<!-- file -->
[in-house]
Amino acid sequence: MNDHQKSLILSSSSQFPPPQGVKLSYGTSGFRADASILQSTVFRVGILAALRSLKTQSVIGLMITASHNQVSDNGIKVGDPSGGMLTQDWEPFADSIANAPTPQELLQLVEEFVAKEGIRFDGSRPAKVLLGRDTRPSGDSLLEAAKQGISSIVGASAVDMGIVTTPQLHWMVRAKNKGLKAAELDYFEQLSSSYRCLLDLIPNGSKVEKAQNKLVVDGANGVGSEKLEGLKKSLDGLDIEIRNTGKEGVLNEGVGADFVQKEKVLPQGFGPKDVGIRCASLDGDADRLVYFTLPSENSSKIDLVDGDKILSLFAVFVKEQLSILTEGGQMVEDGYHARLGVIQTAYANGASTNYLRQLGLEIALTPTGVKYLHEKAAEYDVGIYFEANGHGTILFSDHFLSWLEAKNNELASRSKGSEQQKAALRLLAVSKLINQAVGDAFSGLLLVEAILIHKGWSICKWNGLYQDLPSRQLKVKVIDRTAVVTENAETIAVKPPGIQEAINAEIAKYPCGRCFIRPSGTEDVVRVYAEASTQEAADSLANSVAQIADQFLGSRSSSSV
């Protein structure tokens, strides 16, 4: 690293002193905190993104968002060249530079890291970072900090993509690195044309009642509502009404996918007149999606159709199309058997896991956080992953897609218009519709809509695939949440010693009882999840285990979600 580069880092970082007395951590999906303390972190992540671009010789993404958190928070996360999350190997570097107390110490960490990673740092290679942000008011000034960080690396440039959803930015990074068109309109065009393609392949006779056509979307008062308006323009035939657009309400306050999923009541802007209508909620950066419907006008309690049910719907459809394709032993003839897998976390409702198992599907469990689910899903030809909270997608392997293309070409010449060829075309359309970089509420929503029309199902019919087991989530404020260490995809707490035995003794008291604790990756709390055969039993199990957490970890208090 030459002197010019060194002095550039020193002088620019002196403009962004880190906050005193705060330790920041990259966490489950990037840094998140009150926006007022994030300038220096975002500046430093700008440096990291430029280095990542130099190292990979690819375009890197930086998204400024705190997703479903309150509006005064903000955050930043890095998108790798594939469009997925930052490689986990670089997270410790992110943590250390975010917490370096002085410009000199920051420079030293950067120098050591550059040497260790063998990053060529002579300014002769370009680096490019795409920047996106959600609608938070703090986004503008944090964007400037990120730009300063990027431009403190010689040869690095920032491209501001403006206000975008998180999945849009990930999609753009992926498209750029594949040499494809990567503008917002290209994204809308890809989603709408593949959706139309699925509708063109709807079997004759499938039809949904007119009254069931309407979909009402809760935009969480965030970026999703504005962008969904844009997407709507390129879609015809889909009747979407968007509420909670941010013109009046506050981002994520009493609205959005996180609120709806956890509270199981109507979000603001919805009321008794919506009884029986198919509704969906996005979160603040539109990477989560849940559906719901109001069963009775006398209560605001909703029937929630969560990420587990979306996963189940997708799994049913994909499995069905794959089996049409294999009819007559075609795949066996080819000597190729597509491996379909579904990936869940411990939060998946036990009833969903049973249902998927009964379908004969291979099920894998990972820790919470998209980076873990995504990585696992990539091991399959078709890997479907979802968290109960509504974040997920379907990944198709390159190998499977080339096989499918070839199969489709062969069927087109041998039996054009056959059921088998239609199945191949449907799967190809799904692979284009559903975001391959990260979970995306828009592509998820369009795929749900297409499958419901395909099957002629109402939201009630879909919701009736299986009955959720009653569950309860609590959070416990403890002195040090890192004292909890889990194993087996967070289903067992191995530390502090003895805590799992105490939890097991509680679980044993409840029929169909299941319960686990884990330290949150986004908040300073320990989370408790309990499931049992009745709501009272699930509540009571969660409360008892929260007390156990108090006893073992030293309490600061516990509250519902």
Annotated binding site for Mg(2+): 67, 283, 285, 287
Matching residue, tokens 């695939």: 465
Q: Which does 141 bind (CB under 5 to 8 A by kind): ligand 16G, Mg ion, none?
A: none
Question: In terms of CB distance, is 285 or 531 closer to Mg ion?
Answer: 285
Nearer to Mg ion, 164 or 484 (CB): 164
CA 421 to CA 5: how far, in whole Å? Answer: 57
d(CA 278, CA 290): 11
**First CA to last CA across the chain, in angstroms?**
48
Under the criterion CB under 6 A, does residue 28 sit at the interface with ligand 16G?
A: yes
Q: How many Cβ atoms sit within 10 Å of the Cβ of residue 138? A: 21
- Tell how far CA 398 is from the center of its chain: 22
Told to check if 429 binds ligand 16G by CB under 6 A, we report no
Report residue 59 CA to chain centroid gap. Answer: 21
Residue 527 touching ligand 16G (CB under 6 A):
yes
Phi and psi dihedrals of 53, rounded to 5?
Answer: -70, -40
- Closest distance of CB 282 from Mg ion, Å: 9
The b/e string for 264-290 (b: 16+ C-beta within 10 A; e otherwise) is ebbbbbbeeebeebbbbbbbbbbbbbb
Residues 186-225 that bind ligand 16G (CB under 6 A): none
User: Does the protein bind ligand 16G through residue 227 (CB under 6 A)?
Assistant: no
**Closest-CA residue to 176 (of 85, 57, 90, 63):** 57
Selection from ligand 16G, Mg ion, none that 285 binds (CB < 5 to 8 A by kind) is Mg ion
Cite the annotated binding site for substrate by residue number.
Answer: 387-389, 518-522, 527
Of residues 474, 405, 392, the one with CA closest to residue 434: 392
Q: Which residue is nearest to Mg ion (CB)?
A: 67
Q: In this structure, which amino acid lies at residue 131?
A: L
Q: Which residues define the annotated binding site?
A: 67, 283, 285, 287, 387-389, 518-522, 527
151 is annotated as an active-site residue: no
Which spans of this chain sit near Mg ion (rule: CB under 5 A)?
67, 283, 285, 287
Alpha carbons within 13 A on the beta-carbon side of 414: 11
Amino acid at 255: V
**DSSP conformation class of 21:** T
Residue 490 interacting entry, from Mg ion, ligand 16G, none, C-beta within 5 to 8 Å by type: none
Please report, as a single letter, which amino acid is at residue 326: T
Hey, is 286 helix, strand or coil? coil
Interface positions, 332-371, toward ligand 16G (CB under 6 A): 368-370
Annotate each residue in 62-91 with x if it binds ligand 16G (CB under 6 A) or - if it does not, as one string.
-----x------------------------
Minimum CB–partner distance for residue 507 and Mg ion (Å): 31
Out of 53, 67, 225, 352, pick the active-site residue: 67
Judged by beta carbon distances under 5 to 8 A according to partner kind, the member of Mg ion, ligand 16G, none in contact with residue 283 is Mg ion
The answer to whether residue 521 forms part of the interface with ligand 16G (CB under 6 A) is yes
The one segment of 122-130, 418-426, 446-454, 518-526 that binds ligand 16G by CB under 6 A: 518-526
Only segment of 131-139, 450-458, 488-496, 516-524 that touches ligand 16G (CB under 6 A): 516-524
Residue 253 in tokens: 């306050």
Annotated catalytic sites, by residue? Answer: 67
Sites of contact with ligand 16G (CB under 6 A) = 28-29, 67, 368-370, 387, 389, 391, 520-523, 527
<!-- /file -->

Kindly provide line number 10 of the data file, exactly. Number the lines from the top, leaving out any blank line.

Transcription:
Nearer to Mg ion, 164 or 484 (CB): 164